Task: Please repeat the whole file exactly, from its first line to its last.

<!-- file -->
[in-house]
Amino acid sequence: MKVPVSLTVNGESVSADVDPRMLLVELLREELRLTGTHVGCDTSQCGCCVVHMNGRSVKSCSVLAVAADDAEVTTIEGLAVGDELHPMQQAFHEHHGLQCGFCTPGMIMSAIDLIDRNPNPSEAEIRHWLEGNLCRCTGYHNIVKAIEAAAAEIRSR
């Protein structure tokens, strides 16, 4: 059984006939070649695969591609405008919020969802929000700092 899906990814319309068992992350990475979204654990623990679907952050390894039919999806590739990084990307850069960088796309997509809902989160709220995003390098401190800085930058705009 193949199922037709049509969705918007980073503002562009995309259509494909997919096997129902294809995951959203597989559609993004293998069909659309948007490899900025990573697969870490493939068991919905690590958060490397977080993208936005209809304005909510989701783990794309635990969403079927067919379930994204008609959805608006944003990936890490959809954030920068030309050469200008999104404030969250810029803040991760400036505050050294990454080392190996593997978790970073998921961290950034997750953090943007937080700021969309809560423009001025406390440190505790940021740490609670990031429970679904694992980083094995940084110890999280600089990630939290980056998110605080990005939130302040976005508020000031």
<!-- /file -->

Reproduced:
[in-house]
Amino acid sequence: MKVPVSLTVNGESVSADVDPRMLLVELLREELRLTGTHVGCDTSQCGCCVVHMNGRSVKSCSVLAVAADDAEVTTIEGLAVGDELHPMQQAFHEHHGLQCGFCTPGMIMSAIDLIDRNPNPSEAEIRHWLEGNLCRCTGYHNIVKAIEAAAAEIRSR
């Protein structure tokens, strides 16, 4: 059984006939070649695969591609405008919020969802929000700092 899906990814319309068992992350990475979204654990623990679907952050390894039919999806590739990084990307850069960088796309997509809902989160709220995003390098401190800085930058705009 193949199922037709049509969705918007980073503002562009995309259509494909997919096997129902294809995951959203597989559609993004293998069909659309948007490899900025990573697969870490493939068991919905690590958060490397977080993208936005209809304005909510989701783990794309635990969403079927067919379930994204008609959805608006944003990936890490959809954030920068030309050469200008999104404030969250810029803040991760400036505050050294990454080392190996593997978790970073998921961290950034997750953090943007937080700021969309809560423009001025406390440190505790940021740490609670990031429970679904694992980083094995940084110890999280600089990630939290980056998110605080990005939130302040976005508020000031």